FAME Review: Judy Wexler - What I See
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Judy Wexler - What I See

What I See

Judy Wexler

Jazzed Media - JM1065

Available from Jazzed Media.

A review written for the Folk & Acoustic Music Exchange
by Mark S. Tucker
(progdawg@hotmail.com)

Continuing the work found in her last release, Under a Painted Sky (here), Judy Wexler is expanding her wont in the same smooth, clear, lucid manner, a good deal of the attribution going as well to co-producer and arranger/pianist Jeff Colella, the cat who spent nearly 20 years with Lou Rawls and who here dials back the atmosphere from Lou's oft exuberant and bluesy to Judy's mellifluous and sensual, though she brings that up a notch with a good deal of very refined bop in her phrasings and timing. In terms of originality via interpretation, this singer is a deconstructionist who tears down the elements to find what others missed, then puts it all together again, but always with a bright positive spin even when wistful. There's always an element of dream here.

The band is once more excellent and, like last time, as often understated as gently emphatic. Colella's pianistics are frequently soft drops of rain, shards of light, birdsong settling down from above, falling all around Wexler's centrality. Ron Stout pulls out flugelhorn and trumpet, escorting the chanteuse by the hand through Blue Note doors, harking back to the roots of The Great American Songbook bowing to Miles & Co. (w/Gil Evans, of course!) while listening to modern pop's latterday hybrid reversions to its progenitors' geneses.

Just for Now hits Kenny Rankin heights in finely re-tuned lines stepping over the border wherein singing becomes as much an element sitting with the instruments as vocal chords can craft, a sax-like quality that Grover Washington might well have undertaken. I was particularly taken, though, with Follow, the song Richie Havens had done much with on his '67 Mixed Bag LP, and its zen-pensive "If all the things you see ain't what they seem / Then don't mind me 'cause I ain't nothin' but a dream". The blissful equanimity with which Wexler addresses the philosophy and music is exquisite, so much so that there's nothing to add, nothing to subtract.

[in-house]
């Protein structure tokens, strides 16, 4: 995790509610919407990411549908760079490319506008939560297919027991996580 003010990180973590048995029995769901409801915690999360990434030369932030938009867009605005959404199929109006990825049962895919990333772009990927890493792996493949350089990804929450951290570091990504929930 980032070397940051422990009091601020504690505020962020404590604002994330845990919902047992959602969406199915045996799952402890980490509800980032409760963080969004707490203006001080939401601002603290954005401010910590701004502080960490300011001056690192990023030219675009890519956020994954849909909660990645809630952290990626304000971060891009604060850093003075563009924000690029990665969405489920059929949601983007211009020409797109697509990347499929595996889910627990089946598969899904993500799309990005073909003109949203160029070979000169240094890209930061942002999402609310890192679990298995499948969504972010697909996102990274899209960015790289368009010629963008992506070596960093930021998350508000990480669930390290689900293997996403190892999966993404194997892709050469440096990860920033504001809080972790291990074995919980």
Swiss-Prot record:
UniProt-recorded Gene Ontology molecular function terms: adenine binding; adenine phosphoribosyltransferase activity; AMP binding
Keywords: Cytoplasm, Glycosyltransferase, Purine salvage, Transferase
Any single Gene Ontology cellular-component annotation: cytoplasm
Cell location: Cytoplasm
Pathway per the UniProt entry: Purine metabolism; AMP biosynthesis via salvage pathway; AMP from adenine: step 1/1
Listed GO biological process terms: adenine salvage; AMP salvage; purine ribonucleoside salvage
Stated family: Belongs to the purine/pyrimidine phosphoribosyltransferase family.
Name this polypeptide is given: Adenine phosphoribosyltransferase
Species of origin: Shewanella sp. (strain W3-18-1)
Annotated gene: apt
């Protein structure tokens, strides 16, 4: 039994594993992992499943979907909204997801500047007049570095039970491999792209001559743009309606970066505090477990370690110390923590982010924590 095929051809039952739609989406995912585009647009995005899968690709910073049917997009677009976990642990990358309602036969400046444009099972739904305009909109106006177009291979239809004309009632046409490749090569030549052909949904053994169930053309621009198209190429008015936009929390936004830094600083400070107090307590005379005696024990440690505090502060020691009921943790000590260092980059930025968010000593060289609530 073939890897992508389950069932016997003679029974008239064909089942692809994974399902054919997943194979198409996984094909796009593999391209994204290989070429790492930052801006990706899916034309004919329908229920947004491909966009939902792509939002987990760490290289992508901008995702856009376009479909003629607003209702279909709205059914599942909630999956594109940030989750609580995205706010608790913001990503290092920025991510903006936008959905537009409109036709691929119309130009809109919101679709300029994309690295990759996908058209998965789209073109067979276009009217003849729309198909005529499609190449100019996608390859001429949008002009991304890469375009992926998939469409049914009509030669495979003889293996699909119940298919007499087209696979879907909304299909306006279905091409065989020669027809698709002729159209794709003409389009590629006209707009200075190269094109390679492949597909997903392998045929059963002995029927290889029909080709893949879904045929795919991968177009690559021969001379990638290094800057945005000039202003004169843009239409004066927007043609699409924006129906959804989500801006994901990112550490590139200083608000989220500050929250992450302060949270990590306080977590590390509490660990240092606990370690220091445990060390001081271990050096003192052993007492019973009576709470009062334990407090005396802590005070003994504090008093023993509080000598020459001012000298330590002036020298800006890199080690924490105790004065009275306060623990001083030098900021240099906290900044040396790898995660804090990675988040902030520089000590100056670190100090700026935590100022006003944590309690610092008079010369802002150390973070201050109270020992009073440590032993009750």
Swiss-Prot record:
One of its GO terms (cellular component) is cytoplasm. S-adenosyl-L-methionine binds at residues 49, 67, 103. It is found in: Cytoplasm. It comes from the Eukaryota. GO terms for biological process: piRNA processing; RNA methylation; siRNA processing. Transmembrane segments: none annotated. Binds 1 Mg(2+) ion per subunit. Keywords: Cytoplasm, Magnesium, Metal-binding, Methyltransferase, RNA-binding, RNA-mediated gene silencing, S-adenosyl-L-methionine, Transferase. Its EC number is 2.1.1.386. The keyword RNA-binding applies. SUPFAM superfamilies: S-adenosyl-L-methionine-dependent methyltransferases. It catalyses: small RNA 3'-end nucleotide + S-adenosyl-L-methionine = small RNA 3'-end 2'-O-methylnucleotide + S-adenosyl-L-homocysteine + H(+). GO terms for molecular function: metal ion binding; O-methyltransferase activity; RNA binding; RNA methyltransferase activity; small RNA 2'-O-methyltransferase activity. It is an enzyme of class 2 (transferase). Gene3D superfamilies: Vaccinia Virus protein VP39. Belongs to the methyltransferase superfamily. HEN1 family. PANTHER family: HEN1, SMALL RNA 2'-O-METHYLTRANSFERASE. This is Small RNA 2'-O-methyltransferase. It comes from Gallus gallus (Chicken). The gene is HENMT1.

Track List:

  • Tomorrow is Another Day (King Pleasure)
  • The Moon is Made of Gold (Richard Jones)
  • Convince Me (Moreno / Goldsby)
  • They Say It's Spring (Haymes / Clarke)
  • A Certain Sadness (Lyra / Court)
  • The Long Goodbye (Williams / Mercer)
  • Just for Now (Previn / Previn)
  • Follow (Jerry Merrick)
  • Another Time, Another Place (Benny carter)
  • A Kiss to Build a Dream On (Kalmar / Ruby / Hammerstein II)
  • Laughing at Life (Charles / Charles / Kenny / Kenny; add'l. lyrics: Colella)

Edited by: David N. Pyles
(dnpyles@acousticmusic.com)

Copyright 2013, Peterborough Folk Music Society.
This review may be reprinted with prior permission and attribution.
 
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